Dam Van Bong, Chairman of the provincial People’s Committee said it is a great honour for the locality and Viet Nam in general to be received the re-cognition, adding that this is the responsibility for the province to preserve and promote outstanding values of the heritage and introduce them to the world.
The park is one of the most attractive tourist sites in Ha Giang, contributing to luring more holiday-makers to the province and benefiting local people.
The local authorities have run communication campaigns in all the hamlets and communes in the locality in a bid to raise public awareness of conserving and promoting values of the heritage.
Dong Van plateau was recognised as a member of the Global Network of National Geoparks in 2010, becoming Viet Nam’s first geological park and the second in Southeast Asia.
Covering a total area of 2,356 km², it is 80 percent limestone and contains the fossils of thousands of species of prehistoric creatures from 400-600 million years ago.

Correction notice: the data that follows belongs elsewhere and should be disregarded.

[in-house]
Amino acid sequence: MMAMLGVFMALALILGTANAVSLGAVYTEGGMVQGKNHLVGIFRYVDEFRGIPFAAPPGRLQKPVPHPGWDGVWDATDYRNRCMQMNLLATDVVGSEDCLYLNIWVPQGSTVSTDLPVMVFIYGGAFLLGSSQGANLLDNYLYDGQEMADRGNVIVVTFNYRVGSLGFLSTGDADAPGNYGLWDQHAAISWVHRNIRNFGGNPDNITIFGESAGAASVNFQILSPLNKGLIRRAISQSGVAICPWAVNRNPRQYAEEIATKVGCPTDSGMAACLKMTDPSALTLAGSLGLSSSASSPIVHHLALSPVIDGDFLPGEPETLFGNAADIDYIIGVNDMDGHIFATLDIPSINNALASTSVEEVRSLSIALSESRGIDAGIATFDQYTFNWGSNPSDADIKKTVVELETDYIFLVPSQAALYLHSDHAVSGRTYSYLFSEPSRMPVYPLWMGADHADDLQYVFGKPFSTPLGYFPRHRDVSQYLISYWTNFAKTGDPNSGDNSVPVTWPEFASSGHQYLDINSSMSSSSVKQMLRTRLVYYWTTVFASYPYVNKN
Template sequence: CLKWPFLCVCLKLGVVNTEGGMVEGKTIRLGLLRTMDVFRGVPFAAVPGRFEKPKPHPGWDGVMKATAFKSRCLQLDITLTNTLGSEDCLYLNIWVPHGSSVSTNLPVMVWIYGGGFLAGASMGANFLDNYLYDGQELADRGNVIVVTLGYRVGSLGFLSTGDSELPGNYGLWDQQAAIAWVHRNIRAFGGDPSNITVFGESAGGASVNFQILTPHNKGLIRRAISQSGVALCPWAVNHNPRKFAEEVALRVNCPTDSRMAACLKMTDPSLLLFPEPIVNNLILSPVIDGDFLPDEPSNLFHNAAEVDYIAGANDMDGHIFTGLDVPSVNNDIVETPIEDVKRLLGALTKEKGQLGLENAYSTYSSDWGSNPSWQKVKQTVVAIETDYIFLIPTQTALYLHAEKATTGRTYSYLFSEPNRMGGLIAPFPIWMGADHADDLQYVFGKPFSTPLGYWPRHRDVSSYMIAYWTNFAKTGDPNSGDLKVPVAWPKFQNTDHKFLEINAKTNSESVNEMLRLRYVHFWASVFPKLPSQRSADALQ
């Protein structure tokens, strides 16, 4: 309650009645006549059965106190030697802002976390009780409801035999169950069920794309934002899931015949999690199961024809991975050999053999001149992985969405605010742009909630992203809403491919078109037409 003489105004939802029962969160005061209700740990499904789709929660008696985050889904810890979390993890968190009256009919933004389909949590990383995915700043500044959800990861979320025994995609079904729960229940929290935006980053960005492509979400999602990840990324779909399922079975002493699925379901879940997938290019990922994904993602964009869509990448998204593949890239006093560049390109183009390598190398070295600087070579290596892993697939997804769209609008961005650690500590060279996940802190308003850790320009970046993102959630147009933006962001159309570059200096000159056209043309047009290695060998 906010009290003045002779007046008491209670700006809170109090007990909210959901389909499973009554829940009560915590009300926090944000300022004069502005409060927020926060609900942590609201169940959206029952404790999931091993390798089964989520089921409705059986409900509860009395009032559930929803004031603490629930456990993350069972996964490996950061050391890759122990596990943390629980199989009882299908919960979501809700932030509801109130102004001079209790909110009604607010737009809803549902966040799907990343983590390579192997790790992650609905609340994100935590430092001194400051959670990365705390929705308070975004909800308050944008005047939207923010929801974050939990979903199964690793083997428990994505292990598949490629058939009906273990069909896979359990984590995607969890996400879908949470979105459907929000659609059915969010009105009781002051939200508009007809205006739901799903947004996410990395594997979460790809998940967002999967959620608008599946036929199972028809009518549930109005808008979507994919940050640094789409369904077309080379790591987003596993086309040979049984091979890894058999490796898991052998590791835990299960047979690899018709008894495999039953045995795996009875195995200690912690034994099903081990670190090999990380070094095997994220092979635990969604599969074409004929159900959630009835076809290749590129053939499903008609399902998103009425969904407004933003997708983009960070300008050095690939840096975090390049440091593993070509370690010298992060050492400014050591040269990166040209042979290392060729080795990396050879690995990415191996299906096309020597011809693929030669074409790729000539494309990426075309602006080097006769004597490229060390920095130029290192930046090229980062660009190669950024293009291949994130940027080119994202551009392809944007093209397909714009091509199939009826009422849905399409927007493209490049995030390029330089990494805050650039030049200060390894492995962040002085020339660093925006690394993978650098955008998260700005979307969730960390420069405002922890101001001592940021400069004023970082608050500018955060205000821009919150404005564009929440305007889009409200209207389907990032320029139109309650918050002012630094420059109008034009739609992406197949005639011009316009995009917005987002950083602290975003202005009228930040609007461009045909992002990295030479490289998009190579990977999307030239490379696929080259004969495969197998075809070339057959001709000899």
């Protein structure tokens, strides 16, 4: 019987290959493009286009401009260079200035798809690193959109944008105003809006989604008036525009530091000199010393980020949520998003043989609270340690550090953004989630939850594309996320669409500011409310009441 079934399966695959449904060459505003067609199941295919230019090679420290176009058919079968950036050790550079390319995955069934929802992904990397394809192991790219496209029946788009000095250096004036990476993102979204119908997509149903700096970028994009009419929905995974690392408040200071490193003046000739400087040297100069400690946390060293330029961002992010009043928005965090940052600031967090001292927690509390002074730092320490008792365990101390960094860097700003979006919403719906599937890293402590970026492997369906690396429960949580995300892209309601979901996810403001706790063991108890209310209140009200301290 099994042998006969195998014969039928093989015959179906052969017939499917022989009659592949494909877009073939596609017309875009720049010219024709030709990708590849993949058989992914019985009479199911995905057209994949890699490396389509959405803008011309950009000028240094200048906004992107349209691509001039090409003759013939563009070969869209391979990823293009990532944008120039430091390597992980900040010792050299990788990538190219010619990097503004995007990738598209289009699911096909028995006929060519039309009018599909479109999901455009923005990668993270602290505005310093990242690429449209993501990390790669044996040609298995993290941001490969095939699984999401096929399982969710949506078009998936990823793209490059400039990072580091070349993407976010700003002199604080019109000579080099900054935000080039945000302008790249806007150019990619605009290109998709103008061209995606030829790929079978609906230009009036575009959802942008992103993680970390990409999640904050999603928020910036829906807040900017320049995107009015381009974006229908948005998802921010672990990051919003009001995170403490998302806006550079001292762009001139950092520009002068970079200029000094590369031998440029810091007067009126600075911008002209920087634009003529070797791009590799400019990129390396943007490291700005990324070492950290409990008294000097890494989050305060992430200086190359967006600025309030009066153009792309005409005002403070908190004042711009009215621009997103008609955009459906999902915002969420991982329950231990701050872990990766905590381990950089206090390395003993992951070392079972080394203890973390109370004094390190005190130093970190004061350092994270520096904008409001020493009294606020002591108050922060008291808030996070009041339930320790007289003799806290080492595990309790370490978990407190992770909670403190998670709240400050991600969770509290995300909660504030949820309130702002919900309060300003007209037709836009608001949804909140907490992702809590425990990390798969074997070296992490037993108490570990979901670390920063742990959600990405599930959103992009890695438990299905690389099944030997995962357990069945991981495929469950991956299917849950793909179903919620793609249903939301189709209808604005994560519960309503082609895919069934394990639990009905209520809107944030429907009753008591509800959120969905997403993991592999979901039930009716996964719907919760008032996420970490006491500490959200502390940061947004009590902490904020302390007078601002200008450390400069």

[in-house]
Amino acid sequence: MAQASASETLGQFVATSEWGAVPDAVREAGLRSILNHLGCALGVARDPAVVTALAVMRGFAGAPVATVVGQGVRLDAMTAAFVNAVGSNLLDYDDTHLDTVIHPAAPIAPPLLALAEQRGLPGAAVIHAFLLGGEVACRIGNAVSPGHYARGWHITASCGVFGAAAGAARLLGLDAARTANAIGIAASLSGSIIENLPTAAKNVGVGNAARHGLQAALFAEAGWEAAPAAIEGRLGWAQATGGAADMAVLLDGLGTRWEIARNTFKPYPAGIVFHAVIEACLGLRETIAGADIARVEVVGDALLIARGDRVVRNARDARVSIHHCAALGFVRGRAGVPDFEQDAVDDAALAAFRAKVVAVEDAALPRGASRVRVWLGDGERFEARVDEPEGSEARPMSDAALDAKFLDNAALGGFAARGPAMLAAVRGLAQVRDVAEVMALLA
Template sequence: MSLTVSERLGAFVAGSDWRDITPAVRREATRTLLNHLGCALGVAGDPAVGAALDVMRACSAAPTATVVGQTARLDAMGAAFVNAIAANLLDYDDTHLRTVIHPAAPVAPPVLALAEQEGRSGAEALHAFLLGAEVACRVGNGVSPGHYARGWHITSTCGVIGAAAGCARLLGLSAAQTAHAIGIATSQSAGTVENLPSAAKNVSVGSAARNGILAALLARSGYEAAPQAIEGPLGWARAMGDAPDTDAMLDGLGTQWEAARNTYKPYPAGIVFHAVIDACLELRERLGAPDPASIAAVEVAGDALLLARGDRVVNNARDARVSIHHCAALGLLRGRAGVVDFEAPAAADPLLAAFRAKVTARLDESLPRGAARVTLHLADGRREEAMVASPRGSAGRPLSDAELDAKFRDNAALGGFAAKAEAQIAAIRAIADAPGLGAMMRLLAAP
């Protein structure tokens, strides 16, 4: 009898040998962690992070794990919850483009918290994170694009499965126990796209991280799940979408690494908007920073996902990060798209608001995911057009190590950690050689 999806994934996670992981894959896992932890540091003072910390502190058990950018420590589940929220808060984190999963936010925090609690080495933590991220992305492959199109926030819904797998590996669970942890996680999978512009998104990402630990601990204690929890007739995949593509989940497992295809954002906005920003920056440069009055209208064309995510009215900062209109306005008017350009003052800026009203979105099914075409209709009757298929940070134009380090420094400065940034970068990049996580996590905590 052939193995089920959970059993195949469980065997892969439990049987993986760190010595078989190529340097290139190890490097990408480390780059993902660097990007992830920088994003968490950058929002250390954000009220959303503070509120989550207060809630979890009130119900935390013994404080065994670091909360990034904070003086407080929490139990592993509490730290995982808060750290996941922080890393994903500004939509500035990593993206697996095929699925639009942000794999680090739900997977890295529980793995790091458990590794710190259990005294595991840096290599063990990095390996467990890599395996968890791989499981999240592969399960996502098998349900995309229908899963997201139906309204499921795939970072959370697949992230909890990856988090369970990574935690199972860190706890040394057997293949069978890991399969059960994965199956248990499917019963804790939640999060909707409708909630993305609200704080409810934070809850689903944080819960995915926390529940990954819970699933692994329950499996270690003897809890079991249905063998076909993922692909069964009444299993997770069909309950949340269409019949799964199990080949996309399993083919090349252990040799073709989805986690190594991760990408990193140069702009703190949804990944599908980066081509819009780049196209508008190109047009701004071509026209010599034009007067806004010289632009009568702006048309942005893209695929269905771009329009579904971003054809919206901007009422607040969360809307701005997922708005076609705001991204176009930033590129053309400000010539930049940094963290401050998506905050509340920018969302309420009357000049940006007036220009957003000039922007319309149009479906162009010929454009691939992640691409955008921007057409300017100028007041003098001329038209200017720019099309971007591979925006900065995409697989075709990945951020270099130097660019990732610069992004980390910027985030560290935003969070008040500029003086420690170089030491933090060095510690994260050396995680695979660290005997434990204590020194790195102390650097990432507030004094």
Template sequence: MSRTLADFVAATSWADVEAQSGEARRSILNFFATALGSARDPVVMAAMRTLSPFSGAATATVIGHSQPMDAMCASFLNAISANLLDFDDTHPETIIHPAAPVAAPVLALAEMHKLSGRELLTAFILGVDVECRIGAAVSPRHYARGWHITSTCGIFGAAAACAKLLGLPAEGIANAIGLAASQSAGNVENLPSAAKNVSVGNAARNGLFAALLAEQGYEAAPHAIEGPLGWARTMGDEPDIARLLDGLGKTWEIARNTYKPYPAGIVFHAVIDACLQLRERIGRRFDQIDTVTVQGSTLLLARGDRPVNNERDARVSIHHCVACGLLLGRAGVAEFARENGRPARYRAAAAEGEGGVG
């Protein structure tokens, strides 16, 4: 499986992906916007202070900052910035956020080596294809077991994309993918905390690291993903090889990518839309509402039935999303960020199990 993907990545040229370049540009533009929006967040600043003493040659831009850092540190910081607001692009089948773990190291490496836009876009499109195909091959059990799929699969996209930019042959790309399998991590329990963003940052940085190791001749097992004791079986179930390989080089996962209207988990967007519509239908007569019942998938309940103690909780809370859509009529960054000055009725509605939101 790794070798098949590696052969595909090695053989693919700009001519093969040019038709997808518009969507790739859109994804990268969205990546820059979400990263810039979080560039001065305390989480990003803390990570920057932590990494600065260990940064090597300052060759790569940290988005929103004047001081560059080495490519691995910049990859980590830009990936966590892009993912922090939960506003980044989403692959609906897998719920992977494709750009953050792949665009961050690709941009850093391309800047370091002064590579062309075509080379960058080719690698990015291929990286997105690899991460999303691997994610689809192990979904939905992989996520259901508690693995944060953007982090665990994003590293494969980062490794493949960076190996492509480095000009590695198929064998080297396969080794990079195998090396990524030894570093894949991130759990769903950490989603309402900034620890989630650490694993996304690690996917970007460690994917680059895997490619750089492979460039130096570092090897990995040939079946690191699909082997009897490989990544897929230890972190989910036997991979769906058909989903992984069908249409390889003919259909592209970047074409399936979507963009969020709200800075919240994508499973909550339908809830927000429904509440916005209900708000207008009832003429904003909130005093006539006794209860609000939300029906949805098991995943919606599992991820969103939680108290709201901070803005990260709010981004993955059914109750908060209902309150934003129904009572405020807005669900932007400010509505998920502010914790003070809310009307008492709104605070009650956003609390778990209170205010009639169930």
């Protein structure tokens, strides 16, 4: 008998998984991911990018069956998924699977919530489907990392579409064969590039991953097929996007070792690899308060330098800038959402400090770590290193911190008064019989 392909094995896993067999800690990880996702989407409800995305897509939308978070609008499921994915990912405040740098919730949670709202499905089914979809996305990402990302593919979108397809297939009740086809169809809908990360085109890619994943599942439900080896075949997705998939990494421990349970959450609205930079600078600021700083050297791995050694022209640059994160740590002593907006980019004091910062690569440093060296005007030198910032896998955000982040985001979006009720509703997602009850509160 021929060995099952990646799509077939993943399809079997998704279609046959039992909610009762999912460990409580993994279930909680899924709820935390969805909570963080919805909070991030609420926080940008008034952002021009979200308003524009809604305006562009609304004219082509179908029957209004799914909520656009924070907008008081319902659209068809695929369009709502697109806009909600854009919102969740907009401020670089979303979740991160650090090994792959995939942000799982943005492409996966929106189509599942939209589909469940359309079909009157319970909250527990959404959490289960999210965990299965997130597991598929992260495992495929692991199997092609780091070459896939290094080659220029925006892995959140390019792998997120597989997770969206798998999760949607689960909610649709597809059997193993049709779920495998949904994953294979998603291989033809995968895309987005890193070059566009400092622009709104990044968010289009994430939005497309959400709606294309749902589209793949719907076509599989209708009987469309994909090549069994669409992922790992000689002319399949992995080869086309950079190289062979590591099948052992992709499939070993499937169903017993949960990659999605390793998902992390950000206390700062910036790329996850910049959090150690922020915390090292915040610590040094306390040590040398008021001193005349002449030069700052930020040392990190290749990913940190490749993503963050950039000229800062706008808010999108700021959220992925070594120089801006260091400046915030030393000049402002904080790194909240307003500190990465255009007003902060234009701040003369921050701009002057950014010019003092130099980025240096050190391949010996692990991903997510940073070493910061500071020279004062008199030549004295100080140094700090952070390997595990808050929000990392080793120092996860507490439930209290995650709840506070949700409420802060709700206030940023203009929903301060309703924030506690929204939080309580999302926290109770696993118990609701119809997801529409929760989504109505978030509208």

It is also home to over 250,000 people from 17 different ethnic groups, who boast unique cultures that have been fostered over the centuries.
Recently, 14 archaeological sites were excavated in Dong Van, Meo Vac, and Yen Minh districts, in Dong Van plateau, revealing hundreds of relics believed to appear in the prehistoric and protohistoric times.
At the conference, participants underlined the need to build a specific strategy to protect and develop sustainably the park, saying that more scientific research should be carried out to discover more values of the heritage.
In recent year, Ha Giang province worked hard to implement the Global Geo-parks network’s criteria at the Dong Van Karst Plateau Geo-Park, while enhancing efforts to protect invaluable values of the heritage against impacts from the nature and human, and making use of the park’s advantages to promote local socio-economic development and tourism.